Helen De Cruz on why freedom of movement means a lot more to British people than Theresa May and the Brexiteers want them to believe, especially students.

A lot has been said on Theresa May’s queue jumper comments and her non-apology, but one thing has not been looked at in detail, to my knowledge, namely how the British government’s stubborn refusal to understand or correctly represent freedom of movement infantilizes British citizens.

Freedom of movement is a reciprocal right that British citizens also enjoy, and that many have used to work, study, retire in the EU. It is not a special privilege EU citizens enjoy to jump any sort of queue (a queue I might add that May and her ilk have installed and tightened).

For example, I have a very clever student, a British citizen without additional citizenship, who wants to do a master’s, eventually a PhD and he is looking into programmes in the European Union (e.g. Paris) for this. But I had to tell him that I have no idea how it will be with Brexit.

I guess he will still be able to go, thanks to the transitional arrangement, but if there is no deal, then there is also no transitional arrangement!

And after that, how can I advise my students to get the education suited to their needs? What if the UK “cracks down” on EU students?

If we look at how non-EU students are treated (let’s not forget that Theresa May wrongfully deported 48,000 non-EU students under her tenure!), if the EU reciprocates in kind, I will have to tell my British students: “Sorry, you are stuck here!”

In May’s non-apology it became clear she is either very poor at understanding the principles of EU law, or is deliberately misleading in saying that she wants a skilled-based immigration system to replace free movement, with people “judged on their skills”.

I am sorry but what you want, Theresa May, is a system that exactly won’t judge me on my skills! I came to Britain for a job, and I was selected among hundreds of applicants and that judgment was made based on skills!

Free movement makes it easier for my employer to judge me on my skills.  Now, if you make a skill-based visa, then my employer cannot judge me on my skills anymore. Now, my employer (not a super-rich university) will need to consider how much it costs to bring me over.

There is no indication that Theresa May will relax the rules that allow that engineers from Sydney or software developers from Delhi will be able to come here more easily (to repeat, I did not have any hand in the UK policies that make it so difficult for them to come!).

Or for that matter, I did not have a hand or I did not in any way facilitate the deportation of law-abiding non-EU workers on the basis of an error on their tax returns.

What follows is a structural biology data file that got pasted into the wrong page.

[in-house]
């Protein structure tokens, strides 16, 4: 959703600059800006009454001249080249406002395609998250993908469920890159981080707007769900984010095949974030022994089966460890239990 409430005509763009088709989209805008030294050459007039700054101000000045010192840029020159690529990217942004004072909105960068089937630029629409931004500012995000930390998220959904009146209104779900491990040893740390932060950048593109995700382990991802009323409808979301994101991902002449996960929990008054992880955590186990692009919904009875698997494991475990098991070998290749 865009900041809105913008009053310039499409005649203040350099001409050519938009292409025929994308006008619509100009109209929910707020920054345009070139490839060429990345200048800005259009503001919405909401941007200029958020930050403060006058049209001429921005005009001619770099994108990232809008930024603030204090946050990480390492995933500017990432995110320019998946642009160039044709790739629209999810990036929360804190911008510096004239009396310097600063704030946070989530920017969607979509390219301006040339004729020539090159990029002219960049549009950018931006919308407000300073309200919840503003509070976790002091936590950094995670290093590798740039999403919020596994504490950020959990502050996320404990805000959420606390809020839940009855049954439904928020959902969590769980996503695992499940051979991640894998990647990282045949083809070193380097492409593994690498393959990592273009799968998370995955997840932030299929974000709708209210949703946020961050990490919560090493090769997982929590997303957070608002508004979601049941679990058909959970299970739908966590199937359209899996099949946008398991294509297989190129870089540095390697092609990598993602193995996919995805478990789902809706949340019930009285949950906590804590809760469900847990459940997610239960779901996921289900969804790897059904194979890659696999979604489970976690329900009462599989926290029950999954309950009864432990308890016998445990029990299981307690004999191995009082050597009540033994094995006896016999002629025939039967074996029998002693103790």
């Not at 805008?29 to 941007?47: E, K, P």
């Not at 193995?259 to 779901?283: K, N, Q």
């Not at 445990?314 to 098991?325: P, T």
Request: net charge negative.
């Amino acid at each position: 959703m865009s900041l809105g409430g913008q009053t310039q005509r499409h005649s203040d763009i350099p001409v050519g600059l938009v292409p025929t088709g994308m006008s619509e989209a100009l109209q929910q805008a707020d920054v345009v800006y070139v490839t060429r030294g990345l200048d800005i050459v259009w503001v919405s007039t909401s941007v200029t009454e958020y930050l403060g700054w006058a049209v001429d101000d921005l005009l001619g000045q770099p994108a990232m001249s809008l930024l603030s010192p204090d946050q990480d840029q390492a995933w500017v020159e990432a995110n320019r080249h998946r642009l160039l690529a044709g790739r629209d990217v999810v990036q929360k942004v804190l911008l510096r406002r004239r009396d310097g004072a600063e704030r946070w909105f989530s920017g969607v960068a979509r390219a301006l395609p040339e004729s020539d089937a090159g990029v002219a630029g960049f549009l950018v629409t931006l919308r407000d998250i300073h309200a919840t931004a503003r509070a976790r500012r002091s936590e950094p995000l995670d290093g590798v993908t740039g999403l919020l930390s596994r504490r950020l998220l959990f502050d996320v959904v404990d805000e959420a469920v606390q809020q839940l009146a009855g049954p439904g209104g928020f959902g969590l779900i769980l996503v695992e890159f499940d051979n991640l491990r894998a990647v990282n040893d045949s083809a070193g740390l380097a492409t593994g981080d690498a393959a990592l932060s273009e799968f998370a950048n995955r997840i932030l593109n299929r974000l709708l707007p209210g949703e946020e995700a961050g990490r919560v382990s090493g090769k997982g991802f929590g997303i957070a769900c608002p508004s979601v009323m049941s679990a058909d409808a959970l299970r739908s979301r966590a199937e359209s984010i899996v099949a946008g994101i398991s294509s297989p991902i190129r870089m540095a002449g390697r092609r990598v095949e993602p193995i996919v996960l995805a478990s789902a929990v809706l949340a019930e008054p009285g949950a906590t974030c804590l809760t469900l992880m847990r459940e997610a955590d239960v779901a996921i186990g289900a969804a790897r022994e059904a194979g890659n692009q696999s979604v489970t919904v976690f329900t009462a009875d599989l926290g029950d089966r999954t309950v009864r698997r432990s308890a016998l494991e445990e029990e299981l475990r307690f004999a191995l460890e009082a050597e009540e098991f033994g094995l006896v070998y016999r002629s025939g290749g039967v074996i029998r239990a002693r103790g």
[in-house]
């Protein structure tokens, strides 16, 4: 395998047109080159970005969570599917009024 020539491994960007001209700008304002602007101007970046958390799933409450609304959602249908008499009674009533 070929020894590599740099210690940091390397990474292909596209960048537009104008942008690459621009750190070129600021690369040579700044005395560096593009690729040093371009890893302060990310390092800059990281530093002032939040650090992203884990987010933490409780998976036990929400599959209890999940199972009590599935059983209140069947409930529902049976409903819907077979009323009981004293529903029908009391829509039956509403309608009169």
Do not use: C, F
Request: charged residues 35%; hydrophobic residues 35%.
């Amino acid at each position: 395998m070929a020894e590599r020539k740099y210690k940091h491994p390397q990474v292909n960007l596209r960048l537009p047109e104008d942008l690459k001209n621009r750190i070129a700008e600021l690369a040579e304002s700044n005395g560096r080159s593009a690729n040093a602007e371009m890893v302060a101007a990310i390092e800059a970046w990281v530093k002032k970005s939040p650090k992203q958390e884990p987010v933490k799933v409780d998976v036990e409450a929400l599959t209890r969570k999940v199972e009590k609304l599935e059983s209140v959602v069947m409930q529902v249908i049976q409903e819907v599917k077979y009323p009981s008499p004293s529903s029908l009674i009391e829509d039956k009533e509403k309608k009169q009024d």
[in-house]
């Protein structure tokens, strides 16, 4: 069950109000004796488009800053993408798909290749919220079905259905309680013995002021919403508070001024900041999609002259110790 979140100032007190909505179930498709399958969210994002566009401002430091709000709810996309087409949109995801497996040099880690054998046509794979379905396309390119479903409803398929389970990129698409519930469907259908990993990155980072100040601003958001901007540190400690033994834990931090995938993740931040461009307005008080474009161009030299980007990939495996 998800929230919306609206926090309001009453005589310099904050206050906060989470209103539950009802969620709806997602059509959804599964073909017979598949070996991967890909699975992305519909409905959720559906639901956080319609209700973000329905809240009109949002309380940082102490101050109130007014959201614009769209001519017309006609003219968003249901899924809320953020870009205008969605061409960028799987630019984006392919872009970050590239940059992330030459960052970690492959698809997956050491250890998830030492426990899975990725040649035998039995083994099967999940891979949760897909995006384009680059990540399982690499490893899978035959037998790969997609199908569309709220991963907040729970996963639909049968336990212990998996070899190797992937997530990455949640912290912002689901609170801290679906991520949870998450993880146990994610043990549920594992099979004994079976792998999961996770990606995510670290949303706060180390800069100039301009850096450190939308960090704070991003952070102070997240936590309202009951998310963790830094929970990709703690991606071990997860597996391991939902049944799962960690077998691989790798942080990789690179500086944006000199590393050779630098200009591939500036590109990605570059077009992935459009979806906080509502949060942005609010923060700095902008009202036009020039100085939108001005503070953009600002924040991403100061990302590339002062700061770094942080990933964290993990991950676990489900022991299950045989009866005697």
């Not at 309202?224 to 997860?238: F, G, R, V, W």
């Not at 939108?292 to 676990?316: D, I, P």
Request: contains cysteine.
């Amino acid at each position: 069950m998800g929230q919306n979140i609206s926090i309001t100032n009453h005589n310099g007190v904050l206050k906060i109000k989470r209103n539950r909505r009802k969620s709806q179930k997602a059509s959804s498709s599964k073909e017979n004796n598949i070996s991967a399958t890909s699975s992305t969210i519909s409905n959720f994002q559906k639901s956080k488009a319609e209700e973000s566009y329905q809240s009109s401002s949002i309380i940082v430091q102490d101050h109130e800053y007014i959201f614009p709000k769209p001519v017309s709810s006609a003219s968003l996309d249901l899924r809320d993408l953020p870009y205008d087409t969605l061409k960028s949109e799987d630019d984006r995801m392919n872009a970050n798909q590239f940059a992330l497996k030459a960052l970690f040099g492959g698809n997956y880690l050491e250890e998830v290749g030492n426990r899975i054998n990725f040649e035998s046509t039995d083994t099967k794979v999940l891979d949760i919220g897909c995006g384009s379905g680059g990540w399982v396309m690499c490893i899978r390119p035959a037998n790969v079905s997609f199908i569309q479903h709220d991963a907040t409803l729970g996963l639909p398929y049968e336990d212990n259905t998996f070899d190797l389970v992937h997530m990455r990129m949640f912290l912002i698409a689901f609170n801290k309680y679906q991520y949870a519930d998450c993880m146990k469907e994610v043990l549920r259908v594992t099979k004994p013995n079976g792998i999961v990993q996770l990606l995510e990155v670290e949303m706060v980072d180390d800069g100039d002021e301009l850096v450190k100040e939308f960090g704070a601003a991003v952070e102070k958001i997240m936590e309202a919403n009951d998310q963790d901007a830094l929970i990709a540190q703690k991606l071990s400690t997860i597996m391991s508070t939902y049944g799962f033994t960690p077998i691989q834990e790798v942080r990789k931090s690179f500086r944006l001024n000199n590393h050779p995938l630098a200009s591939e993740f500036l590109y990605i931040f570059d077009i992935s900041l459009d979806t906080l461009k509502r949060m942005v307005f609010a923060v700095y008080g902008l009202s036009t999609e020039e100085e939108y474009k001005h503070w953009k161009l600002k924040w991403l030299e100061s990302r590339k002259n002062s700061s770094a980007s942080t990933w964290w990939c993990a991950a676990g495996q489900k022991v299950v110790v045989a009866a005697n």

By framing free movement as privilege of some migrants, May is not acknowledging the right British people have, a right that is now taken away. My students resent the fact that their free movement rights are being taken away from them, without their consent.

One of my students said, wistfully: “I was just one month too young to be able to vote in the Referendum. And now my rights are taken away from me.”

Note: My students are not cosmopolitan elites. They are ordinary British citizens at a post-92 university.

How would Theresa May and others look in the mirror, feeling good about themselves, when they have taken away the opportunity of employers to hire people based on skills, taken away the opportunity of British people to go where their skills are needed and wanted?

I have often thought that the much maligned freedom of movement of people is the most important of the four freedoms (movement of goods, services, people and money), the most central to the European project. It is the right of ordinary people, not the government or super-rich companies, to decide who can move where based on skills.

Free movement is not only misunderstood on the Right, but also on the Left, with for example Jeremy Corbyn saying that we make the lives of British workers miserable. In what universe is imposing hurdles for workers to move, a good thing that is empowering for workers?

Are visas so much better for workers? (Answer: no. The H1B visa in the US for instance makes it difficult to move jobs, and hence encourages worker exploitation, e.g. in the software tech sector.) It gives your employer a lot of power over you as a worker.

Free movement for the super-rich has always existed. Free movement for ordinary citizens, not so much. You can pay your way in the UK if you have £2 million to spare. You can jump any queue if you are rich, regardless of skills.

So now, ordinary folks like me with a working-class background and no millions of pounds lying around won’t be able to jump the queue but will be judged on skills, i.e. it will make it more difficult for my employer to hire people based on skills due to visas and other red tape.🔷

Note: A lot has been said, in true classist fashion as is customary here, on EU citizens working for Russell-group universities. But there are also lots of us working in post-92 universities and making a positive difference. It will be a lot harder after Brexit. The UK’s loss.

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(This piece was first published as a Twitter thread and turned into the above article, with the author’s conscent, with the purpose of reaching a larger audience. It has been minorly edited and corrected.)

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(Cover: Flickr/Number 10 - Prime Minister Theresa May holding a reception at Downing Street on antisemitism and antisexism. | 26 Nov 2018. Licensed under a Creative Commons Attribution-ShareAlike 4.0 International License.)